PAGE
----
Rabbi Dovid Dewick is considered an expert in the baffling field of eating disorders, but his knowledge didn’t come from lecture halls or a doctoral thesis. In an unusual twist of Providence, the former manufacturer owes his current occupation to the Amshinover Rebbe, who told him, “Dovid, there isn’t a kehillah that hasn’t been affected by this, and you’re going to help them.”
Whether it’s a Jew struggling with a job loss, depression, or marital strife, Debbie Fox is there to offer help. The director of Aleinu Family Resource Center is also at the helm of a daring, nationwide battle against domestic violence and molestation. As she puts it, “I want our frum world to be unsafe for any perpetrator”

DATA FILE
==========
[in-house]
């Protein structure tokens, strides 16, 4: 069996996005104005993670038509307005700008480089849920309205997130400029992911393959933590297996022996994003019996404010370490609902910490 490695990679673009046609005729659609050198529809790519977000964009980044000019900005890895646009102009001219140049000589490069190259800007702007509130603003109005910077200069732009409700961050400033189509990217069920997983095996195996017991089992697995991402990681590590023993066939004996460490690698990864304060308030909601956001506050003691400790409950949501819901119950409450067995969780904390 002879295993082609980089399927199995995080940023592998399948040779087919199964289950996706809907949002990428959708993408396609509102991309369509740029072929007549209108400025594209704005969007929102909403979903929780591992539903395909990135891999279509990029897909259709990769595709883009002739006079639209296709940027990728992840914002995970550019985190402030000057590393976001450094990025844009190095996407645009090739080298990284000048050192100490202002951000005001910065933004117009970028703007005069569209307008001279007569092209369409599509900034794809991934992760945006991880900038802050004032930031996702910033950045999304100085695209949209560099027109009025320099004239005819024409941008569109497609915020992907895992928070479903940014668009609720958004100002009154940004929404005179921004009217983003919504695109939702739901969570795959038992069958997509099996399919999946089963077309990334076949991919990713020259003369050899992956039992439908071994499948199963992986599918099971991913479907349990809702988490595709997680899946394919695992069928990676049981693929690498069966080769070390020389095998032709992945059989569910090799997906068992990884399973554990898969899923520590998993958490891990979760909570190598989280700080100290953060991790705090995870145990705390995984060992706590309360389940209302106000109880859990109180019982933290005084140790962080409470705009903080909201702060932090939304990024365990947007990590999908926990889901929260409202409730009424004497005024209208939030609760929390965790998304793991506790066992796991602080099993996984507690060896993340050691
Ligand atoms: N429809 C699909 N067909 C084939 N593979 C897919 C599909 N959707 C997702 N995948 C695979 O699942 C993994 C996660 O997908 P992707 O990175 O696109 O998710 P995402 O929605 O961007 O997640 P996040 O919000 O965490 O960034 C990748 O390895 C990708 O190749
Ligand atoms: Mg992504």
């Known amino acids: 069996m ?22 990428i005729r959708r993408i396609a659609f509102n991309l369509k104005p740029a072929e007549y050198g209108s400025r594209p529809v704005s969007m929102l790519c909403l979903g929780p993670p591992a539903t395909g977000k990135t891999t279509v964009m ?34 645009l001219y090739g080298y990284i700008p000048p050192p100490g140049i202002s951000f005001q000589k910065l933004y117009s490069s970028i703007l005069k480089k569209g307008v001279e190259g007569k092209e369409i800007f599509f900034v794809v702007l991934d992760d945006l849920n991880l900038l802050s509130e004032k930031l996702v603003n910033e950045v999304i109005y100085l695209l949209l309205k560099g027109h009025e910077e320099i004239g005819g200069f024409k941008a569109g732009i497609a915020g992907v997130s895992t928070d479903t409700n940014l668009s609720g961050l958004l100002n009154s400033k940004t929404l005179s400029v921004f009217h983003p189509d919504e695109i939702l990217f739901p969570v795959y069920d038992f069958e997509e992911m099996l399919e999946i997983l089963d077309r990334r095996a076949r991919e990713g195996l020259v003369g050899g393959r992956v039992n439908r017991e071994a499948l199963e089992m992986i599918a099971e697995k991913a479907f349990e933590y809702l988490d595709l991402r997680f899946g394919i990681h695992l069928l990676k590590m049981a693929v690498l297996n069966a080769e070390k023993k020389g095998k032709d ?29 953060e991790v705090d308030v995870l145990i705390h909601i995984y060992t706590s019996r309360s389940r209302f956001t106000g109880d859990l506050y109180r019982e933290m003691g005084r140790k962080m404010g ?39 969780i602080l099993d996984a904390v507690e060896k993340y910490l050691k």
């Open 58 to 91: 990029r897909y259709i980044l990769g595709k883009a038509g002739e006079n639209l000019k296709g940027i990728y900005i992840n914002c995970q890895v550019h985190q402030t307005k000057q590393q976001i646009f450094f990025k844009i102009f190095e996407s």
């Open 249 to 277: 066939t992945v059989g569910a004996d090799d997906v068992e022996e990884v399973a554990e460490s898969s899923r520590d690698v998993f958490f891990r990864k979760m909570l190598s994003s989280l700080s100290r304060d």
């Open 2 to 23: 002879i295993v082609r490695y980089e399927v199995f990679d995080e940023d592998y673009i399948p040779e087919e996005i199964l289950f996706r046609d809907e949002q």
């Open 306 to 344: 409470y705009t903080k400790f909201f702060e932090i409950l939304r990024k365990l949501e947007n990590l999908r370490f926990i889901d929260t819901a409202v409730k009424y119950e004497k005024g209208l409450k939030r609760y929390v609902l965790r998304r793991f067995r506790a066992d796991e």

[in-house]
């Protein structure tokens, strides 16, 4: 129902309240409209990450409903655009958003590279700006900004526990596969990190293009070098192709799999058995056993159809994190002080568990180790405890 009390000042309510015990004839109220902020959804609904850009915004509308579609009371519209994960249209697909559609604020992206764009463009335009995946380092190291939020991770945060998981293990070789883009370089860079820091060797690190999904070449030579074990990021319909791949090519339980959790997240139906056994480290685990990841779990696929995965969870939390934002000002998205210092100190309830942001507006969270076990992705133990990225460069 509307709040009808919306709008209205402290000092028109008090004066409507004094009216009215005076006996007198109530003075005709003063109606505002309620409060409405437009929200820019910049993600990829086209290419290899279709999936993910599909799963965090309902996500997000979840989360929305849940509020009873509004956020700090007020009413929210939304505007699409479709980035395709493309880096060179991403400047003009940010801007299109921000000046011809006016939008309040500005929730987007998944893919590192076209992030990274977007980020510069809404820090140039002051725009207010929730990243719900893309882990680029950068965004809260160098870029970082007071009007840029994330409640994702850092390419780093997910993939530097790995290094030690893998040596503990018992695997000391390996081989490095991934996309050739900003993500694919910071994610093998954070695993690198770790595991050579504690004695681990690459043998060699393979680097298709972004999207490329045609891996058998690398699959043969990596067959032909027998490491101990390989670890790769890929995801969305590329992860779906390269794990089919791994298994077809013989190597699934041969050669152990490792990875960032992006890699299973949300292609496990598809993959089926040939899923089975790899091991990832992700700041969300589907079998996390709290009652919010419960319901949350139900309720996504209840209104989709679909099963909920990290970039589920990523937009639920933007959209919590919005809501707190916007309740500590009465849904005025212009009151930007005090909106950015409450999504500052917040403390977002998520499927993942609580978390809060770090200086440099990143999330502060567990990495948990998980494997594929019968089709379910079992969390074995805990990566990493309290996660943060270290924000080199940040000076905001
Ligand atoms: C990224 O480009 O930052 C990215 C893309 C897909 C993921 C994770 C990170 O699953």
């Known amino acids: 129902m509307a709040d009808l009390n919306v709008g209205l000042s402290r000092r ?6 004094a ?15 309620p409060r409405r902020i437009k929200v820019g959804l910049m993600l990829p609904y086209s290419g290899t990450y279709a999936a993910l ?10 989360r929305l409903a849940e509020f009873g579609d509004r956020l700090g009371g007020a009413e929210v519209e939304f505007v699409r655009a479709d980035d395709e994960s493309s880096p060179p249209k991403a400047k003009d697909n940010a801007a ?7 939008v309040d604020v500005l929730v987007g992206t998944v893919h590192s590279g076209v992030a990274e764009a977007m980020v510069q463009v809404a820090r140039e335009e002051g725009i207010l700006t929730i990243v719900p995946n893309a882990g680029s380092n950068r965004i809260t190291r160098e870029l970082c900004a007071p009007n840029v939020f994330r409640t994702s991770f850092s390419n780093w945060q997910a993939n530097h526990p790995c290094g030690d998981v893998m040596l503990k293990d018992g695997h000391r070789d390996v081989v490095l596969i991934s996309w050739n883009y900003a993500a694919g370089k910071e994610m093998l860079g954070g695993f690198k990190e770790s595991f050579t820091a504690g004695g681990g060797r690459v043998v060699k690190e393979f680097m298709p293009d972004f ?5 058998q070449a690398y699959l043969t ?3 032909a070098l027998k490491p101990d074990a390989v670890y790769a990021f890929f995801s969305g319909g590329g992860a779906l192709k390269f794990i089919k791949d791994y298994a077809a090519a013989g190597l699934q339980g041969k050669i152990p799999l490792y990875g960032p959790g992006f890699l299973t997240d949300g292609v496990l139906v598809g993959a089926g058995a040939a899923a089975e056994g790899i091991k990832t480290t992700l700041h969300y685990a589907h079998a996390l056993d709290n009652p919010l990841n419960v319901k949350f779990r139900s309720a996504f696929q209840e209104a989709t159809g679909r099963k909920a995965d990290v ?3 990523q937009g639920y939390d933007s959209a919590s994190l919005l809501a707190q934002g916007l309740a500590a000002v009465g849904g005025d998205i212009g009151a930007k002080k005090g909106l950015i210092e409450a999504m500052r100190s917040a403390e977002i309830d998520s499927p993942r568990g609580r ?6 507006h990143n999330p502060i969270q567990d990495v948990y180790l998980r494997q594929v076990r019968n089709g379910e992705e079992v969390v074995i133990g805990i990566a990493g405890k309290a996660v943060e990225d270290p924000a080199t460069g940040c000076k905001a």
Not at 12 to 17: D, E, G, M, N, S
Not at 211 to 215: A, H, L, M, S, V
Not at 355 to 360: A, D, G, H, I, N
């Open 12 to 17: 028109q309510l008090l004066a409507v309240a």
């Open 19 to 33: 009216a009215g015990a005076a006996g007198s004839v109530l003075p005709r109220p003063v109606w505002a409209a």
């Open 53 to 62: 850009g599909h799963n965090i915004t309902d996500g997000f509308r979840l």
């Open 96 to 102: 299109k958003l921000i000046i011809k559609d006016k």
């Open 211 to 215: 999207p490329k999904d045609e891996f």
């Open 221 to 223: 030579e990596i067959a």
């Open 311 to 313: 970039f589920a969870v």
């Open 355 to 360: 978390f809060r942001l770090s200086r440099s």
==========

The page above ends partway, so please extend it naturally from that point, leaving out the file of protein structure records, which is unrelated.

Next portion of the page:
I bend down from a distance, so the outside of the laundry bag won’t touch my leg, and I put my clean hand into the bag, and I pull out one pair of stockings, but there are other things clinging to it, but I can’t use my other hand to help, because it turned off the shower with a tissue, so I have to shake out the stockings with one hand. And I see, but it’s too late, that my other pair of stockings is clinging to it, and it’s falling falling falling to the floor — the floor! — the carpet, which was never washed — and I have nothing else to wear tomorrow.
We all find ourselves, to some extent, under a constant deluge of the items we accumulate in daily life. Try sorting through your child’s notebooks and projects at the end of the school year. Even our email accounts are stuffed with photos and documents. But most of us manage to maintain equilibrium in our personal material worlds; we bring things in, but we throw out as well. Others, simply never throw out anything. Pathological hoarding is believed to affect as many as 6 million people in the U.S.